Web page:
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The Peninsula

Limitations on K-Pop’s Commitment to Sustainability

Published June 19, 2022

Last year, pop idols Blackpink were designated as promotional ambassadors for the UN Climate Change Conference. The group has continued its advocacy this year, delivering new calls for environmental awareness and rallying fans around environmental activism. Other K-pop bands and their fans also promote social causes – particularly environmental protection. However, the music industry’s current business model nullifies gains from these efforts.

K-pop groups and their fans have made real strides in promoting environmental protection and sustainability. Artists like Chungha produce their albums using recycled materials and singer Chuu runs a YouTube channel that promotes environmental sustainability with over one million subscribers. Fans of the K-pop group BTS have come together to plant forests and fans in Indonesia built a platform to rally people in the community to engage in climate change activism.

Nonetheless, the current business model of the industry actively works against these efforts. For instance, entertainment companies publish multiple versions of the same K-pop album, compelling fans to bulk-buy to complete their collections. This contributes to overproduction and higher waste. K-pop groups also rely heavily on music streaming through platforms such as Spotify to gain international popularity and industry recognition. Music streaming helps artists break records and win awards, but comes with an environmental cost – an hour of streaming has the same environmental impact as producing approximately 55 grams of CO2. These studios have also expressed interest in creating digital tokens, which create higher demand for computing power and exacerbate carbon emissions.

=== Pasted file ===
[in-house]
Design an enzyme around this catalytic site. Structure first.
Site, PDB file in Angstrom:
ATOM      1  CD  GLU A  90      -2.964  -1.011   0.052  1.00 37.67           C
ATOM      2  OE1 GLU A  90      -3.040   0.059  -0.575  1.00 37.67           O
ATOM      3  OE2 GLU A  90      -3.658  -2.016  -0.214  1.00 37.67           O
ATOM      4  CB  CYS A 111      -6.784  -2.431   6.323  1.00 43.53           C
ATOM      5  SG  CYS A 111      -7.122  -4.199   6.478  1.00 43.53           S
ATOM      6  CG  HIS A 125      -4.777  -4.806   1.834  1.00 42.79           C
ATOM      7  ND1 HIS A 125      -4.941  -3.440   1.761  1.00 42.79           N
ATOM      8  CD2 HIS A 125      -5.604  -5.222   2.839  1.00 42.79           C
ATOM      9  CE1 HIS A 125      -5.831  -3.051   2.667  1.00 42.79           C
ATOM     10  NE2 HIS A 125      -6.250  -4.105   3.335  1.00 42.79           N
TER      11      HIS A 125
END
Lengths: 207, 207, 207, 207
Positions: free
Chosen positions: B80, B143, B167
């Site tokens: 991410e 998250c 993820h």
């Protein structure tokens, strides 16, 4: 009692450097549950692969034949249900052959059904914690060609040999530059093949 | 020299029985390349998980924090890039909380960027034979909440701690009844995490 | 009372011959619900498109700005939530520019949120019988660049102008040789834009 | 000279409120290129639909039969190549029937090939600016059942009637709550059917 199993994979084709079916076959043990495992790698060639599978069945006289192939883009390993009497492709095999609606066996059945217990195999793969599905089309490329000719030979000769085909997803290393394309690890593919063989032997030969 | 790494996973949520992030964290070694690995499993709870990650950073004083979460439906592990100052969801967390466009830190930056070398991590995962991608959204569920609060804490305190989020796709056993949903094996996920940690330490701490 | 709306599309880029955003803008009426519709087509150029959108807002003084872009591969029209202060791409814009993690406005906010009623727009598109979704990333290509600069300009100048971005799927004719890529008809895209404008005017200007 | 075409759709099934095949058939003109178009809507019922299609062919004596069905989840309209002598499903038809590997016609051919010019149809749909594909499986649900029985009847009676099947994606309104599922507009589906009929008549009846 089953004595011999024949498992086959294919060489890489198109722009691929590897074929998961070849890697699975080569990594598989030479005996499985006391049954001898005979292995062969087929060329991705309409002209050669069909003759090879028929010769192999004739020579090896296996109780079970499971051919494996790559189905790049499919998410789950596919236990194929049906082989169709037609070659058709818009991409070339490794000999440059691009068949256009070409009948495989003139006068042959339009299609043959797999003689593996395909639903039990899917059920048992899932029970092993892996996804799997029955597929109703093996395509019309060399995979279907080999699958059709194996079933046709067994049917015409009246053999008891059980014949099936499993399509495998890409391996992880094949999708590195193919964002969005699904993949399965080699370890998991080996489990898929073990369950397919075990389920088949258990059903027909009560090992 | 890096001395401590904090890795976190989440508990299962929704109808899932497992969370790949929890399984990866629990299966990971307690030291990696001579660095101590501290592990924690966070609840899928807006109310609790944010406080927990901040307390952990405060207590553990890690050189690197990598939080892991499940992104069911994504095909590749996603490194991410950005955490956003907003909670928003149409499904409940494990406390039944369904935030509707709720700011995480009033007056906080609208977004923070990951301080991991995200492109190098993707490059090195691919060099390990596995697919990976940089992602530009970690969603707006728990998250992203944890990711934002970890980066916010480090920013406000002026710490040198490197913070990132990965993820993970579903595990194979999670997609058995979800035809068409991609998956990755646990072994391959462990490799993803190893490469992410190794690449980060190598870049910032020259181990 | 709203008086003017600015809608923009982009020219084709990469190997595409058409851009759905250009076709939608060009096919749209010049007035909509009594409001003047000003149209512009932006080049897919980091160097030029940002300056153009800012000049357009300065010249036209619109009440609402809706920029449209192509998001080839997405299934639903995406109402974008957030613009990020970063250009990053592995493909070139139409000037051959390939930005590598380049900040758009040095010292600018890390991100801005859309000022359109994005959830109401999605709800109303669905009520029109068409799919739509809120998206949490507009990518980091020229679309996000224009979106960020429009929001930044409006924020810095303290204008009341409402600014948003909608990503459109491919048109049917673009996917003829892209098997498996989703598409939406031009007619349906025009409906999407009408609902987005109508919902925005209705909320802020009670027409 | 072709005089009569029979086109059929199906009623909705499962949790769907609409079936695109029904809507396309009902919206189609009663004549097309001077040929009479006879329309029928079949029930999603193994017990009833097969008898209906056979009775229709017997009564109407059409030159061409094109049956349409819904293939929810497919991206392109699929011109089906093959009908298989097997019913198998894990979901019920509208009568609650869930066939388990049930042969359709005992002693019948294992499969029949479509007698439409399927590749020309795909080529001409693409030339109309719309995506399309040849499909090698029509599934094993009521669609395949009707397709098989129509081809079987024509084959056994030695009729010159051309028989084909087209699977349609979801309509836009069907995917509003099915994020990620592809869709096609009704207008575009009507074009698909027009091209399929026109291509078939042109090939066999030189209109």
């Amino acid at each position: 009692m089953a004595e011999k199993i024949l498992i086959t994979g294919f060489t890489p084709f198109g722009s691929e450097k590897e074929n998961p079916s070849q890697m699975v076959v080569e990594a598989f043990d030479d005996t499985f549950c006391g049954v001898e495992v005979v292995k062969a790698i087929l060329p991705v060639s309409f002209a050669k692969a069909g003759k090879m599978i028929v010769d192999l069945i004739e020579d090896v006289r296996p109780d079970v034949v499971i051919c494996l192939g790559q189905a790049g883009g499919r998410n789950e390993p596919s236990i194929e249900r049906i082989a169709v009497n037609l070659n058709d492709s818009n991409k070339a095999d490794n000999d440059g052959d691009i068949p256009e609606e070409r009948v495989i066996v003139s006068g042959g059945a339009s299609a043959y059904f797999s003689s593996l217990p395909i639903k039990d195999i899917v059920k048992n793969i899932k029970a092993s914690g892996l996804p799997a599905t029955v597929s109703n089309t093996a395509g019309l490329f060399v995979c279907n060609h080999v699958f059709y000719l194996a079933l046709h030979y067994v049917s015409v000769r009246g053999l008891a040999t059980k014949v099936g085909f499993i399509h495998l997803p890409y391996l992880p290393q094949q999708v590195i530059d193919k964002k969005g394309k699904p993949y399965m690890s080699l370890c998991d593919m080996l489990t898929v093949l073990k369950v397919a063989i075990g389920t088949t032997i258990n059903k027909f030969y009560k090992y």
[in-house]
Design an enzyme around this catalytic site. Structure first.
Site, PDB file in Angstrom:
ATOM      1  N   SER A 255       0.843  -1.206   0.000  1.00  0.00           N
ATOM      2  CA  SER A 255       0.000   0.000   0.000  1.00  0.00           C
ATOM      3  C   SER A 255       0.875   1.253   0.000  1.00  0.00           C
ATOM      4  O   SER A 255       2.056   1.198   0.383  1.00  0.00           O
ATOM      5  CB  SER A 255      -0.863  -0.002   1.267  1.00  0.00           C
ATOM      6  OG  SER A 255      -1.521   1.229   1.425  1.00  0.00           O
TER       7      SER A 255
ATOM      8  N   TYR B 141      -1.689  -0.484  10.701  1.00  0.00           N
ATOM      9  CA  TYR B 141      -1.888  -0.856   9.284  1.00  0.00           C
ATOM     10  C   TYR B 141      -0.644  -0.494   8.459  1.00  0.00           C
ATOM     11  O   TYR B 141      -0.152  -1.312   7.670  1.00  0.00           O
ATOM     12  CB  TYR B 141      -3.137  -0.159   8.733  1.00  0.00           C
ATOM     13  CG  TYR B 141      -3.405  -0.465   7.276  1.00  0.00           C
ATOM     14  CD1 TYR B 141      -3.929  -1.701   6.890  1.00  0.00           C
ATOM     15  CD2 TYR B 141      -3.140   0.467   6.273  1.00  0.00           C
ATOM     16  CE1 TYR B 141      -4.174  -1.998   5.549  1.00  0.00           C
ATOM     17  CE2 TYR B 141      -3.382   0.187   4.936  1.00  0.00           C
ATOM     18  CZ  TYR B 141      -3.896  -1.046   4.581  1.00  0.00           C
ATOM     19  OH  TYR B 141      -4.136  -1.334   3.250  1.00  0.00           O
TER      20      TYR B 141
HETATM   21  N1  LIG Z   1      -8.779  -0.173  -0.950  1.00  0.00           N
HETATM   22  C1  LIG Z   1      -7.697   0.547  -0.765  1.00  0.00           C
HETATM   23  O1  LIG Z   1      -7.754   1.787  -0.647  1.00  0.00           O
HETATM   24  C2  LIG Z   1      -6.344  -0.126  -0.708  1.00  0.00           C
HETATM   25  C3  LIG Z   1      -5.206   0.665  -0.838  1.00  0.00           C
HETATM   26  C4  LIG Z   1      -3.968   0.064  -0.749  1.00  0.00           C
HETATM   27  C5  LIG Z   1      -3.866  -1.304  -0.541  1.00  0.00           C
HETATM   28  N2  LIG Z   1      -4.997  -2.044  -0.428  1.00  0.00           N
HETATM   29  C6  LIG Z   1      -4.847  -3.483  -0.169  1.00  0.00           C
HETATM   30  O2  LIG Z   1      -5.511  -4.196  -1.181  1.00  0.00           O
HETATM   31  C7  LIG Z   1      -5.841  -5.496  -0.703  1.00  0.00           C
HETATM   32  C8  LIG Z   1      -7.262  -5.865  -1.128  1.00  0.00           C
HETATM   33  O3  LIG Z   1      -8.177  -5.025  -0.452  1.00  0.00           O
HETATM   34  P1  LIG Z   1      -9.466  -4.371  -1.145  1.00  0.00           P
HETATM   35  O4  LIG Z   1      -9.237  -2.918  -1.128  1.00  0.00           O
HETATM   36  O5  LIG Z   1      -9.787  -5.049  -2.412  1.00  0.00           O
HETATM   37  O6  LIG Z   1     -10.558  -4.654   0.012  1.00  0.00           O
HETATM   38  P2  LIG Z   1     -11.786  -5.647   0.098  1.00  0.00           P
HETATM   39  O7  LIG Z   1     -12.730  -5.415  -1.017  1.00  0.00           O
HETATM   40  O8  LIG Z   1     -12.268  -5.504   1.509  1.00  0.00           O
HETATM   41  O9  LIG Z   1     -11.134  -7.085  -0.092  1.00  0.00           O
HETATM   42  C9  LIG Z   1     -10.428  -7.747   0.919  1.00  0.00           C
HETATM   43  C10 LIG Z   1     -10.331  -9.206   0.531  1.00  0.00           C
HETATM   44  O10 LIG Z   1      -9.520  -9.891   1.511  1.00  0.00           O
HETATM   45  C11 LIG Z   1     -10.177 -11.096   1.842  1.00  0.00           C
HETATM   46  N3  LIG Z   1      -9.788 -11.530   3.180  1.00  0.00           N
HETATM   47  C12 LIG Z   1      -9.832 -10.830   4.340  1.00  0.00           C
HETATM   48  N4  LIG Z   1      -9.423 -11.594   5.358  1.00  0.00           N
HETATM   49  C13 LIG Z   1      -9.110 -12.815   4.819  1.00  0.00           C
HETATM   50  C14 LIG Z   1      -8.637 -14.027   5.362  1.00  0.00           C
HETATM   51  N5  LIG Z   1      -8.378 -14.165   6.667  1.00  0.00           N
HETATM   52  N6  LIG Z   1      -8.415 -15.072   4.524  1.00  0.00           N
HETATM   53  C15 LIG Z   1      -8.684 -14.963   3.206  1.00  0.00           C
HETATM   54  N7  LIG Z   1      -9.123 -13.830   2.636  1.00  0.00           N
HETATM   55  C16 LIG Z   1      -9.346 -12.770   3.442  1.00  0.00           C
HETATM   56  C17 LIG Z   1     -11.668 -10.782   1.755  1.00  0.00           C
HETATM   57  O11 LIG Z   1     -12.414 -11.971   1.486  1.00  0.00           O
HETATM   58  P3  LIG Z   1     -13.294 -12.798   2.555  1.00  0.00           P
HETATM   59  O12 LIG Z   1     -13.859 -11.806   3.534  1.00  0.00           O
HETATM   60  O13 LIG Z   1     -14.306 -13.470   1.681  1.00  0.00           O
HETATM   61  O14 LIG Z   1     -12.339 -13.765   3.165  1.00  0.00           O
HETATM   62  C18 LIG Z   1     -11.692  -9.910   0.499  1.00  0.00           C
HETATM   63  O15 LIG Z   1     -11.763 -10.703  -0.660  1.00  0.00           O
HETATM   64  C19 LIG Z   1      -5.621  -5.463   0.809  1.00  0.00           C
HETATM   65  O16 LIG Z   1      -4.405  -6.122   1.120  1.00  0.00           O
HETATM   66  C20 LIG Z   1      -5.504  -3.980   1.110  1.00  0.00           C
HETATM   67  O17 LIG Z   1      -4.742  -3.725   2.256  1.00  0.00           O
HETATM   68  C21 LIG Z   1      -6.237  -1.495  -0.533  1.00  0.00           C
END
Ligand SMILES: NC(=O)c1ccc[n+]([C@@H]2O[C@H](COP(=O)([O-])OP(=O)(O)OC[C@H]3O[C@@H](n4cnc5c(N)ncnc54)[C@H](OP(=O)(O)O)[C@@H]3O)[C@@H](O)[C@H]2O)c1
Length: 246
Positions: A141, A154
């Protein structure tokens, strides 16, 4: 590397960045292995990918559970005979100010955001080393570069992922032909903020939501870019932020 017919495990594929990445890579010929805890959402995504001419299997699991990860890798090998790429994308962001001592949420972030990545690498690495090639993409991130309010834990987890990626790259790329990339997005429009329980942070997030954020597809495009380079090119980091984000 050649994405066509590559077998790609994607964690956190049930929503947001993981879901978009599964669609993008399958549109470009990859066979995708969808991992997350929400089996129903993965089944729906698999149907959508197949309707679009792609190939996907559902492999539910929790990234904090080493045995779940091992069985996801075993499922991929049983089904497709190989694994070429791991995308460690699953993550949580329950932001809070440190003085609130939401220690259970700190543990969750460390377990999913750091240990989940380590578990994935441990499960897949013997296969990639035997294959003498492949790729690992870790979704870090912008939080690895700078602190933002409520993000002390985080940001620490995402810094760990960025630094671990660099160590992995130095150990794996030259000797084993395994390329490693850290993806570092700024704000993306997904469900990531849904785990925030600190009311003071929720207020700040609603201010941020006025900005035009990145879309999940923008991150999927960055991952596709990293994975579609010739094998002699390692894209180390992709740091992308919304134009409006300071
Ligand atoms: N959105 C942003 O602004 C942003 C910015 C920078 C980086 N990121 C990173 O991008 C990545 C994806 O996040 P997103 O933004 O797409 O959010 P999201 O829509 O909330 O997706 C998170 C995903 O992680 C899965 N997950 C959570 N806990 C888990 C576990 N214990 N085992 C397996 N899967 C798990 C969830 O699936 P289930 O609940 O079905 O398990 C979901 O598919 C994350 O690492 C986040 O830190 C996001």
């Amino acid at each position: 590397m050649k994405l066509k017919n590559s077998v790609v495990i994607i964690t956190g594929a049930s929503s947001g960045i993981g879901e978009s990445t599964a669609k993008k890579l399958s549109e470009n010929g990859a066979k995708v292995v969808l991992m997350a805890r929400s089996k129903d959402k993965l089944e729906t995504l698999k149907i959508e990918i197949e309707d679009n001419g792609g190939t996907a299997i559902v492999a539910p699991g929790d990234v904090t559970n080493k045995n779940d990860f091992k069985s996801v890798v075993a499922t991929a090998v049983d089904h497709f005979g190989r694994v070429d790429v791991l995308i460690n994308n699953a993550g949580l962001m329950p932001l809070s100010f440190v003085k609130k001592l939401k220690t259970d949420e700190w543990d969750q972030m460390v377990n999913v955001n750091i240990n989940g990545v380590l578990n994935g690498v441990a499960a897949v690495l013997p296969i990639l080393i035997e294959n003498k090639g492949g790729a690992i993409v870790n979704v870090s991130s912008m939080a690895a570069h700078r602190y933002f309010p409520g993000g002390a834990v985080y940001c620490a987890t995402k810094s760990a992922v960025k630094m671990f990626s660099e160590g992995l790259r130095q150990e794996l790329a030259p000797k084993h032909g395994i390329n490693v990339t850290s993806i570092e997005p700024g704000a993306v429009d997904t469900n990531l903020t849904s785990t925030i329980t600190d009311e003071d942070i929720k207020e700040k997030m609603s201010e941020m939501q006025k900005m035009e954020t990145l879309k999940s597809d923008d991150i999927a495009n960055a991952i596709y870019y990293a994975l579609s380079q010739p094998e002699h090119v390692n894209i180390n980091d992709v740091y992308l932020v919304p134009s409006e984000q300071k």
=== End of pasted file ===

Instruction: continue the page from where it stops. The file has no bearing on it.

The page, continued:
These behaviors suggest that both music companies and K-pop fans have not yet reconciled their stated principles with the impact they are having on the environment.

This briefing comes from Korea View, a weekly newsletter published by the Korea Economic Institute. Korea View aims to cover developments that reveal trends on the Korean Peninsula but receive little attention in the United States. If you would like to sign up, please find the online form here.

Korea View was edited by Yong Kwon with the help of  Jae Chang, Kaitlyn King, Yu Na Choi, and Mai Anna Pressley. Picture from the flickr account of Travis Wise

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